Self-portrait in the form of an excited flock of birds- No.9a, Opus 66C, 1959

by Alan Davie


DIMENSIONS: (unframed) 16.0 x 21.0 in./40.6 x 53.3 cm
SIGNATURE: Signed and dated ’59’ lower right
MEDIUM: Oil on paper and laid down on canvas


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    Catalogue No: 5198 Categories: ,

    The 1950s is considered Alan Davie’s most successful and innovative decade and this energetic self-portrait, painted in 1959, encapsulates the best of that era with its beautifully bright colouration and free brushwork. Vibrant greens, pinks and yellows as well as bold black lines encircle each other to recreate the frantic movement of the birds.

    Davie had a passion for mystery, ritual and aboriginal art and he, himself, possessed a large collection of African, North-American Indian and Oceanic Art; a desire he developed in his twenties when he started to collect Indian art from junk shops in Edinburgh. Here Davie has represented himself as a flock of birds, a key motif in much Aboriginal art. Davie played with the concept of metamorphosis a year earlier with Anthropomorphic Figures No. 1, which was exhibited at the Whitechapel gallery and which effectively launched his career.

    Davie was the enfant terrible of post-war art, the first British artist – probably the first European artist – to embrace ’action painting’, to put himself physically in his pictures. Davie’s life completely embodies his work and the artist was not only a painter but also a talented musician. This devotion to jazz is seen in the title and the word ‘opus’ referring to this passion for music. In fact Davie referred to his act of painting as ‘like a dance’ and the vigorous gestural brushstrokes reminds the viewer of this. Davie’s urge and intensity to paint is evident in this striking work.


    Private Collection, United Kingdom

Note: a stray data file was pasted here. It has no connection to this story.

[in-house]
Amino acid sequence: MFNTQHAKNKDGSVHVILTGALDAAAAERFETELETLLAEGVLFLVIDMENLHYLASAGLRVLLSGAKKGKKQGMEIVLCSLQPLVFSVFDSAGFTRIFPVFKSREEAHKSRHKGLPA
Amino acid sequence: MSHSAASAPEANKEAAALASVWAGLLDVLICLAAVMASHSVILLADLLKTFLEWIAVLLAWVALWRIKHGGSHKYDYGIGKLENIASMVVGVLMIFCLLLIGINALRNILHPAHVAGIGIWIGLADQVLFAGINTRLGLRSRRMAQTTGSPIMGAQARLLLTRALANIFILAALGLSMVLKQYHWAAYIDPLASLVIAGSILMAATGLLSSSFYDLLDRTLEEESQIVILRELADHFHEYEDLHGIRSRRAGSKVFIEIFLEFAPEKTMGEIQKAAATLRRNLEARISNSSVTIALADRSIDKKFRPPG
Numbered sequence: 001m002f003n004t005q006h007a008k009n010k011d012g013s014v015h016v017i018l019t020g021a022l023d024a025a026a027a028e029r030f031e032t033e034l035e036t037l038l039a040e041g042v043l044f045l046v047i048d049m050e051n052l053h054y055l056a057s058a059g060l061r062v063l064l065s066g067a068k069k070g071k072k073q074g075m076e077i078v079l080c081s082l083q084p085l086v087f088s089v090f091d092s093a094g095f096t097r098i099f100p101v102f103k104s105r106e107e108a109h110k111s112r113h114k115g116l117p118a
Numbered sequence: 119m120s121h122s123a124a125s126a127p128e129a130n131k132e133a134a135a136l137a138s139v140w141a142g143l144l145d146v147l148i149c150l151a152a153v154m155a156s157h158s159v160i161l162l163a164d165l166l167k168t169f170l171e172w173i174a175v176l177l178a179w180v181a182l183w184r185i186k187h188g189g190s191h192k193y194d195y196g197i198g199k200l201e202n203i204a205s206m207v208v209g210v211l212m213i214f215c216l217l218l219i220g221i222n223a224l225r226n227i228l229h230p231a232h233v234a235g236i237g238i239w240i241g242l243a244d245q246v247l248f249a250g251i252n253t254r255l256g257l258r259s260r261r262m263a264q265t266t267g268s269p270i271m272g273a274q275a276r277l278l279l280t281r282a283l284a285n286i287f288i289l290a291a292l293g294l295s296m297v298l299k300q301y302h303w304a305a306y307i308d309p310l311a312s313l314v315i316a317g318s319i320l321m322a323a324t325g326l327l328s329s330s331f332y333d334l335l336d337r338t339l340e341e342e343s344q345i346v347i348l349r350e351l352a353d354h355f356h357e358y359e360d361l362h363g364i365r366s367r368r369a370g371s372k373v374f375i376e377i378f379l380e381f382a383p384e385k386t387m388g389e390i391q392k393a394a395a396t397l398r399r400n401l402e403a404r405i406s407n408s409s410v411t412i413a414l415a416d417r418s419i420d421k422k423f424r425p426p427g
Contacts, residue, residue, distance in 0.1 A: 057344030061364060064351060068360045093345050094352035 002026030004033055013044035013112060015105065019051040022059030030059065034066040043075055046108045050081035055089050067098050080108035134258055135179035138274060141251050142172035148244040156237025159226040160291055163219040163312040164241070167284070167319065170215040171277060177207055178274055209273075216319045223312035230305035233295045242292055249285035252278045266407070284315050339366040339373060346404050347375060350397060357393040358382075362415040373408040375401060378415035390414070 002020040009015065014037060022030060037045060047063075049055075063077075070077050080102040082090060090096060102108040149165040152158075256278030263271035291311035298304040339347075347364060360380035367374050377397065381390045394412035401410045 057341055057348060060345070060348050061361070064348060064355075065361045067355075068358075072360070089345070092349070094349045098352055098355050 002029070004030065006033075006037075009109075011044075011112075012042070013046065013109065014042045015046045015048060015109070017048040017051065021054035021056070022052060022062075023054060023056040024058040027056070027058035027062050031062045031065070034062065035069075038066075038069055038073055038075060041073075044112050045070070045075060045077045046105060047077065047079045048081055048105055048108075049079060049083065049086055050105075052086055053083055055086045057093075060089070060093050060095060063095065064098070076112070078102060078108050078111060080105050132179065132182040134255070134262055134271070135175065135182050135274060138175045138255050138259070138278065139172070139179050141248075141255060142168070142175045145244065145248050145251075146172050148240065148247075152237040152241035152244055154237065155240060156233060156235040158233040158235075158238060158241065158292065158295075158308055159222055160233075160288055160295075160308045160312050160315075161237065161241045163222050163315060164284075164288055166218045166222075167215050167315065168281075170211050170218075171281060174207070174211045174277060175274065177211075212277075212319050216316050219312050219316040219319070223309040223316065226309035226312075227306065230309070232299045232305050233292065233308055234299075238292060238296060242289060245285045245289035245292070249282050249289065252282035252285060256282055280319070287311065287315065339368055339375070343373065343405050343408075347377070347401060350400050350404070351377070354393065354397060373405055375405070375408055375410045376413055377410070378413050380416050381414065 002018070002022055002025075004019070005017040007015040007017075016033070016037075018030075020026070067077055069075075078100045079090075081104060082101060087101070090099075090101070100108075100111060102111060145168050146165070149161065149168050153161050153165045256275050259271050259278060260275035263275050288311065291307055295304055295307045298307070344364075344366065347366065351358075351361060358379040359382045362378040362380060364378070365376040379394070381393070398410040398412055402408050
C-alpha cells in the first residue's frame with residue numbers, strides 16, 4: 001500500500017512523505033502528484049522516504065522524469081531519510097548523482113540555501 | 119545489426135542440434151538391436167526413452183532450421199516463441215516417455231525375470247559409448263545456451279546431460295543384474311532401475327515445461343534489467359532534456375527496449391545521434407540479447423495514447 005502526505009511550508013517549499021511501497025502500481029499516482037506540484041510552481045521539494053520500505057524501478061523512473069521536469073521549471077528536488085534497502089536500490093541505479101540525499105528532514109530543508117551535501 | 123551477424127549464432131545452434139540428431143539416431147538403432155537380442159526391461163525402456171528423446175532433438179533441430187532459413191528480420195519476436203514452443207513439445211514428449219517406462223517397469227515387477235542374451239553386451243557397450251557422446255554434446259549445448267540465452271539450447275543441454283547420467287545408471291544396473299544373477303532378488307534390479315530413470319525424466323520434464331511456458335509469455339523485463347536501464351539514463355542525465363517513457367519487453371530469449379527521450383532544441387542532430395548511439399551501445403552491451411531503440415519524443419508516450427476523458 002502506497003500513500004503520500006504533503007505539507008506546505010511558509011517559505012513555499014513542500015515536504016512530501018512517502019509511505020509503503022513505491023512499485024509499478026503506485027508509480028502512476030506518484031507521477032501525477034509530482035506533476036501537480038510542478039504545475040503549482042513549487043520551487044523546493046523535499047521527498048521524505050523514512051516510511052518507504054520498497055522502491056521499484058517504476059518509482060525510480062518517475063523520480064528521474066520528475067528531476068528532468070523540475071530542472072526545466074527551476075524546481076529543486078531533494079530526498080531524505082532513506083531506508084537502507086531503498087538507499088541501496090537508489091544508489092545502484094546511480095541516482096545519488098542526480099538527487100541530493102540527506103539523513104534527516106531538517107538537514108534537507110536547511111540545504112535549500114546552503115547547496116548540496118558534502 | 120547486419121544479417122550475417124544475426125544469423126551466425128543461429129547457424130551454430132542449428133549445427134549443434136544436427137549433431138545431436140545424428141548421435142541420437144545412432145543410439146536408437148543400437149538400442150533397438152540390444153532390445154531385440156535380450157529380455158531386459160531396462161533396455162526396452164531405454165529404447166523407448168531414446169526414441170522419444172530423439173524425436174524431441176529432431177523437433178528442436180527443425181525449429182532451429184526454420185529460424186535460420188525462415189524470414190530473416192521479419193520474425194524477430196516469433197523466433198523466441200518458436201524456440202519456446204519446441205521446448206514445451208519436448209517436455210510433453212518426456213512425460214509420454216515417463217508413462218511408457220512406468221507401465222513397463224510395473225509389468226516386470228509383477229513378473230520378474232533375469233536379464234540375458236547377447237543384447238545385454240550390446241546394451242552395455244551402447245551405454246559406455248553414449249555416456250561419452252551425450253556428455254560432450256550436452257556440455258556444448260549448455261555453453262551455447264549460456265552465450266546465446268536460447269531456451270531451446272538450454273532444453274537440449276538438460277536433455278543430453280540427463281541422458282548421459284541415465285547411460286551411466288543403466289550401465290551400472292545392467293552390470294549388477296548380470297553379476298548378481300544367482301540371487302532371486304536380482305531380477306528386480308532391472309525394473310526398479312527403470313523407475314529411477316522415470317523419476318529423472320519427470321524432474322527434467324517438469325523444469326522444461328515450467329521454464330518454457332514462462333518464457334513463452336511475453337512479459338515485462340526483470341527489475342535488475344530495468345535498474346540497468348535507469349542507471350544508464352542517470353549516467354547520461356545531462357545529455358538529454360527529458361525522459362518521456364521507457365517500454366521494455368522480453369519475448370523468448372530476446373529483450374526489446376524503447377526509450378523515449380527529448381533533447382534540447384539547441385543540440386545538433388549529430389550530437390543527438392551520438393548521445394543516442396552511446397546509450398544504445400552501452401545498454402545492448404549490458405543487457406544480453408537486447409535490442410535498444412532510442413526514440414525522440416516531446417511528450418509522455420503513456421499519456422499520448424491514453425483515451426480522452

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    Born in Scotland in 1920, Alan Davie studied at Edinburgh College of Art between 1937 and 1940. In 1945 he saw the Tate’s exhibition of Picasso and Paul Klee, which changed the direction and reformed his work from that point onwards. The themes of shape generation and the juxtaposition of turbulent and geometric shapes is central to work of this time.


    After 1949 he adopted Jackson Pollock’s technique of rapid painting on canvas. Like Pollock, many of Davie’s works have been executed by standing above the painting, which is laid on the ground. He adds layers of paint until sometimes the original painting has been covered over many times. However, despite the speed at which he worked, he was adamant that his images are not pure abstraction, but all have significance as symbols.


    Davie found a public for his work on the continent and in America some time before the British art public could reconcile itself to his mixture of ancient and newly invented symbols and his explosive brushwork. His paintings appear at once apocalyptic and triumphant. In his lectures Davie stressed the importance of improvisation as his chosen method. His stance was that of an inspired soothsayer resisting the inroads of rational civilization.


    In particular, his painting style owes much to his affinity with Zen. Having read Eugen Herrigel’s book Zen in the Art of Archery (1953) he had assimilated the spontaneity which Zen emphasises. Declaring that the spiritual path is incompatible with planning ahead, he attempted to paint as automatically as possible, which intended to bring forth elements of his unconscious.


    Davie’s paintings can be seen in galleries and museums worldwide including the Tate and the Scottish National Museum of Modern Art.


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